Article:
Dam Release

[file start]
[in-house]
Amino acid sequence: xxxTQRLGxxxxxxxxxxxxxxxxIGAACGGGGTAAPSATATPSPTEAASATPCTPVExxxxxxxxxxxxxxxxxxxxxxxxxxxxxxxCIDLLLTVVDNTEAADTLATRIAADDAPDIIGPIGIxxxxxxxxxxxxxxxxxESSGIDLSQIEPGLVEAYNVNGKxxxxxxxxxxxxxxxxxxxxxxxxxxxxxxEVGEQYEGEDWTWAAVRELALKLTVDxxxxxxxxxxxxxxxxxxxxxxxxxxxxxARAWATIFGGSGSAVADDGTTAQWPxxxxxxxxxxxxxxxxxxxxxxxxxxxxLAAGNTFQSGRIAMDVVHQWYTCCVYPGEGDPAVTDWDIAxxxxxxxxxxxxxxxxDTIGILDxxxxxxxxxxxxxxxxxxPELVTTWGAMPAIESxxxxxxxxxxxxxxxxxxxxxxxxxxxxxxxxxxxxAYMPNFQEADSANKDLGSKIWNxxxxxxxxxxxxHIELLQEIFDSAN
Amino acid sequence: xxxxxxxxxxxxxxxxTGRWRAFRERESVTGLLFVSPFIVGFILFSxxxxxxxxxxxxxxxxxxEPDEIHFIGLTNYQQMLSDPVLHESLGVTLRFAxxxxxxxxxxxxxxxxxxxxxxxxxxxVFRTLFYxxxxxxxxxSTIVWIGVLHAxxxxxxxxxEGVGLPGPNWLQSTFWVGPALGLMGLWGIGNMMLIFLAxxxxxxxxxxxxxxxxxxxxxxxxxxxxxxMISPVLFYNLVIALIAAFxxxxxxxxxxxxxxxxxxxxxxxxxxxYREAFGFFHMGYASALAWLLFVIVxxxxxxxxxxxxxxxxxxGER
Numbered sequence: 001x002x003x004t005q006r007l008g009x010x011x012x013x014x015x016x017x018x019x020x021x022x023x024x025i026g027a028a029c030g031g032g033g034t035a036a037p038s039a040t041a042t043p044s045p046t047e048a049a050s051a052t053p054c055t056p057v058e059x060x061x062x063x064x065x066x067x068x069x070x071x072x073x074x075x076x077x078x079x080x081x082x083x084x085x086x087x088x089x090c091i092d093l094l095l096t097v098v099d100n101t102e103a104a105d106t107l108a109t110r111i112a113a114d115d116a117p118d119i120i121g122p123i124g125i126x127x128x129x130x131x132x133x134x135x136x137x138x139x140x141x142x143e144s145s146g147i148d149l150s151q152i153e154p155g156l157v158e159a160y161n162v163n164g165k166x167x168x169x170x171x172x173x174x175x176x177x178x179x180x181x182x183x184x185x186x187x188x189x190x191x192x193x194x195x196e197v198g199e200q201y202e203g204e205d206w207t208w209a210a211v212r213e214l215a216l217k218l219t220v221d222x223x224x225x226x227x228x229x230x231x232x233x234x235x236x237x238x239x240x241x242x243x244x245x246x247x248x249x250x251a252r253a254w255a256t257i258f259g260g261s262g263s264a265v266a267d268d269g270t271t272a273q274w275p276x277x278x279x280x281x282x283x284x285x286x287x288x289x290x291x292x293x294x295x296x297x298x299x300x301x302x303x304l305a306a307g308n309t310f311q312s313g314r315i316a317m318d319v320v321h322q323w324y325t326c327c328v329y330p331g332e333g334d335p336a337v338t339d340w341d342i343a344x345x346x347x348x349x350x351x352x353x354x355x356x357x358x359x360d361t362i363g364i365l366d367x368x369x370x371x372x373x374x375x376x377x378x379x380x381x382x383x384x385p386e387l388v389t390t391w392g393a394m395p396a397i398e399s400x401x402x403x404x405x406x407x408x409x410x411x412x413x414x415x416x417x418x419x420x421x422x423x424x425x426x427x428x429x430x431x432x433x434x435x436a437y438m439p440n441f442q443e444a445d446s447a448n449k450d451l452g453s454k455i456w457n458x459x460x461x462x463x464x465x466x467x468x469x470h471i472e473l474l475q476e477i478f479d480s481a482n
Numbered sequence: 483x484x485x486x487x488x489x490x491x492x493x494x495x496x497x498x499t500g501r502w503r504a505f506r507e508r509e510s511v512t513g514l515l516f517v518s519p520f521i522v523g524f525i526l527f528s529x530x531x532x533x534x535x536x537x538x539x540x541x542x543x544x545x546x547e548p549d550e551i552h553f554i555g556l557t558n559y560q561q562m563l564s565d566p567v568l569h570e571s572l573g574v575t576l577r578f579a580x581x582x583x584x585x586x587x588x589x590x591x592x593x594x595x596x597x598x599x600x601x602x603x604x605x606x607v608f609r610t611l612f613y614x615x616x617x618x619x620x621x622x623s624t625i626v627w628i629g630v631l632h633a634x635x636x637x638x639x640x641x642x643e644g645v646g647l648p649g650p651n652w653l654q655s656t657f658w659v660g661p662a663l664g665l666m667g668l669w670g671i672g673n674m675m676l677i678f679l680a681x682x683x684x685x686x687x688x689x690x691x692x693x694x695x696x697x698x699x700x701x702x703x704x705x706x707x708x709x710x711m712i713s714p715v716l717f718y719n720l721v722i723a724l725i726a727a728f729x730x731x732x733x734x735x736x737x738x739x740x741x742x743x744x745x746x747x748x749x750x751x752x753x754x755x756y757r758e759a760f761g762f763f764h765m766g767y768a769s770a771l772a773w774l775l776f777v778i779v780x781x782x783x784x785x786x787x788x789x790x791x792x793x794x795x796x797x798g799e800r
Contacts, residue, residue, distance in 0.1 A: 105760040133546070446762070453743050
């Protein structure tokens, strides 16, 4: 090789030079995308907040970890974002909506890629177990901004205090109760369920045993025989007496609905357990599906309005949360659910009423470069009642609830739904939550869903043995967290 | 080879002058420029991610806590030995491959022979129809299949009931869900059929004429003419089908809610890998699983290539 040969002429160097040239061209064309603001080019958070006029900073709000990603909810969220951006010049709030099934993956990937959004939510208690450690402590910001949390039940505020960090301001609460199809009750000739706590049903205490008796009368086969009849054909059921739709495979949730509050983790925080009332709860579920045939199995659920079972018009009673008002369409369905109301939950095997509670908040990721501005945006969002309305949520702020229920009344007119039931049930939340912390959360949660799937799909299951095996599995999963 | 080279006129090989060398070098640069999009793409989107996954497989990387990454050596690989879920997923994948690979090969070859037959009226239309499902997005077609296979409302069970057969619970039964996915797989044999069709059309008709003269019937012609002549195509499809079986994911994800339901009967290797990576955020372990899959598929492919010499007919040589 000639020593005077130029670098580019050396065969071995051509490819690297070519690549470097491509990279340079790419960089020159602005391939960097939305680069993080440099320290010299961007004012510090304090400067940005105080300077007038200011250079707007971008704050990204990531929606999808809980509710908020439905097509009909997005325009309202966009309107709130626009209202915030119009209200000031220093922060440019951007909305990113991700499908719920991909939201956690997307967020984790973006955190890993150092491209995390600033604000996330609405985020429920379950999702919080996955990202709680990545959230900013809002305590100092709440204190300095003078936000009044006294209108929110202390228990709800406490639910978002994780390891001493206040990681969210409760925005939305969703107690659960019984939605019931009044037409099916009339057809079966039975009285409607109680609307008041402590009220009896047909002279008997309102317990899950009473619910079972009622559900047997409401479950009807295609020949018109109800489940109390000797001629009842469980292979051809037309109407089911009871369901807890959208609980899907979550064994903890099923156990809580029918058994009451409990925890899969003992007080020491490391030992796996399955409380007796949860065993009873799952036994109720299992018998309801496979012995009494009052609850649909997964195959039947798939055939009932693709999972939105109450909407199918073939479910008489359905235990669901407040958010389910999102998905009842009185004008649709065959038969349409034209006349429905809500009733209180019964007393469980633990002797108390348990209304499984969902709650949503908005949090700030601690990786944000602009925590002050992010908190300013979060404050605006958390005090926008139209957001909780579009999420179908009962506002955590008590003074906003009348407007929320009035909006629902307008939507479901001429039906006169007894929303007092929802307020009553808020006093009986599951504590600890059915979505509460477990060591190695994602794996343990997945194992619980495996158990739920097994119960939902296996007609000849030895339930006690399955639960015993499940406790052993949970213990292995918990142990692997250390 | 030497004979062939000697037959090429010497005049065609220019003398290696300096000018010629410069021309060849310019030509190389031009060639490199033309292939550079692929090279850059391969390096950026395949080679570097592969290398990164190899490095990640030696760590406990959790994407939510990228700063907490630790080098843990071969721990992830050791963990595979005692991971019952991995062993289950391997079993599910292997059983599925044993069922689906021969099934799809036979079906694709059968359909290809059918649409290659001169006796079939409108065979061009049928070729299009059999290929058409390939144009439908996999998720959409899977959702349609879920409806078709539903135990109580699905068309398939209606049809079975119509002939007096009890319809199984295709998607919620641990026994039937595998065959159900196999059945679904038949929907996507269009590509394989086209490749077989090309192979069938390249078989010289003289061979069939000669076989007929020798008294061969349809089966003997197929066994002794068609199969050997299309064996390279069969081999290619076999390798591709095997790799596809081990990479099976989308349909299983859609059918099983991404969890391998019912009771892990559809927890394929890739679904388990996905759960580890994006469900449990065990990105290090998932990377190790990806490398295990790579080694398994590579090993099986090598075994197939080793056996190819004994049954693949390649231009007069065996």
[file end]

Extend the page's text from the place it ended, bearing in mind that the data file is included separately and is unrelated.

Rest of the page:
Here the U.S. Army Corps of Engineers release 13,000 cubic feet per second (~370 cubic meters per second) of water at a dam in Oklahoma. That’s the equivalent of nine-and-a-half shipping containers a second! Releasing that much water at once has created an enormous hydraulic jump, seen on the right side of the animation. Hydraulic jumps are kind of like the shock wave of open channel flow. On the left side of the image, water is moving smoothly and swiftly down the sluiceway. At the center, the incoming water encounters the large, slow-moving mass of water already in the lake. There’s no way for the incoming water to sustain its kinetic energy while discharging into the lake. Instead a hydraulic jump forms, converting the incoming flow’s kinetic energy into potential energy, as seen in the sudden height increase. Some of the energy is also converted to turbulence and dissipated as heat. (Image credit: U.S. Army Corps of Engineers/AP, source; via Gizmodo)

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